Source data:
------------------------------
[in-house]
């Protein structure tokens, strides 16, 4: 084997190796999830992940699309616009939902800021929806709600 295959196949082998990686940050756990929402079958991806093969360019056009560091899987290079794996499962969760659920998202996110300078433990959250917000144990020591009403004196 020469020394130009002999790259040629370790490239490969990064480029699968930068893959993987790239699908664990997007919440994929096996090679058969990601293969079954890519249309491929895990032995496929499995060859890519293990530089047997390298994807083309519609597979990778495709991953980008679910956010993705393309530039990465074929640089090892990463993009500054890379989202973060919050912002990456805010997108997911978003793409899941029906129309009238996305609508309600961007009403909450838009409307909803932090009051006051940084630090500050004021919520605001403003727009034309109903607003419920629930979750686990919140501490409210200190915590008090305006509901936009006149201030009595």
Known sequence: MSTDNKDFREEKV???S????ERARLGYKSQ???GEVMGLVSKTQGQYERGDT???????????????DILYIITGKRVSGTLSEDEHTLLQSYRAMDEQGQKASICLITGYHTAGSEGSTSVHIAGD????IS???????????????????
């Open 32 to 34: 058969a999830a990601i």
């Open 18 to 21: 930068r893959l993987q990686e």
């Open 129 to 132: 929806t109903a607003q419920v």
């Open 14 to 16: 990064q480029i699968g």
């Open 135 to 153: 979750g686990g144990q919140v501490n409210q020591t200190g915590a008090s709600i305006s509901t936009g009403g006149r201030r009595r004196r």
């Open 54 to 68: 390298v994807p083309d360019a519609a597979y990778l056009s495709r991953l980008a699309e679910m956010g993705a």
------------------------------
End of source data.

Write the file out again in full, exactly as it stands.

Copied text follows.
[in-house]
């Protein structure tokens, strides 16, 4: 084997190796999830992940699309616009939902800021929806709600 295959196949082998990686940050756990929402079958991806093969360019056009560091899987290079794996499962969760659920998202996110300078433990959250917000144990020591009403004196 020469020394130009002999790259040629370790490239490969990064480029699968930068893959993987790239699908664990997007919440994929096996090679058969990601293969079954890519249309491929895990032995496929499995060859890519293990530089047997390298994807083309519609597979990778495709991953980008679910956010993705393309530039990465074929640089090892990463993009500054890379989202973060919050912002990456805010997108997911978003793409899941029906129309009238996305609508309600961007009403909450838009409307909803932090009051006051940084630090500050004021919520605001403003727009034309109903607003419920629930979750686990919140501490409210200190915590008090305006509901936009006149201030009595």
Known sequence: MSTDNKDFREEKV???S????ERARLGYKSQ???GEVMGLVSKTQGQYERGDT???????????????DILYIITGKRVSGTLSEDEHTLLQSYRAMDEQGQKASICLITGYHTAGSEGSTSVHIAGD????IS???????????????????
């Open 32 to 34: 058969a999830a990601i």
């Open 18 to 21: 930068r893959l993987q990686e």
């Open 129 to 132: 929806t109903a607003q419920v």
């Open 14 to 16: 990064q480029i699968g």
């Open 135 to 153: 979750g686990g144990q919140v501490n409210q020591t200190g915590a008090s709600i305006s509901t936009g009403g006149r201030r009595r004196r």
């Open 54 to 68: 390298v994807p083309d360019a519609a597979y990778l056009s495709r991953l980008a699309e679910m956010g993705a």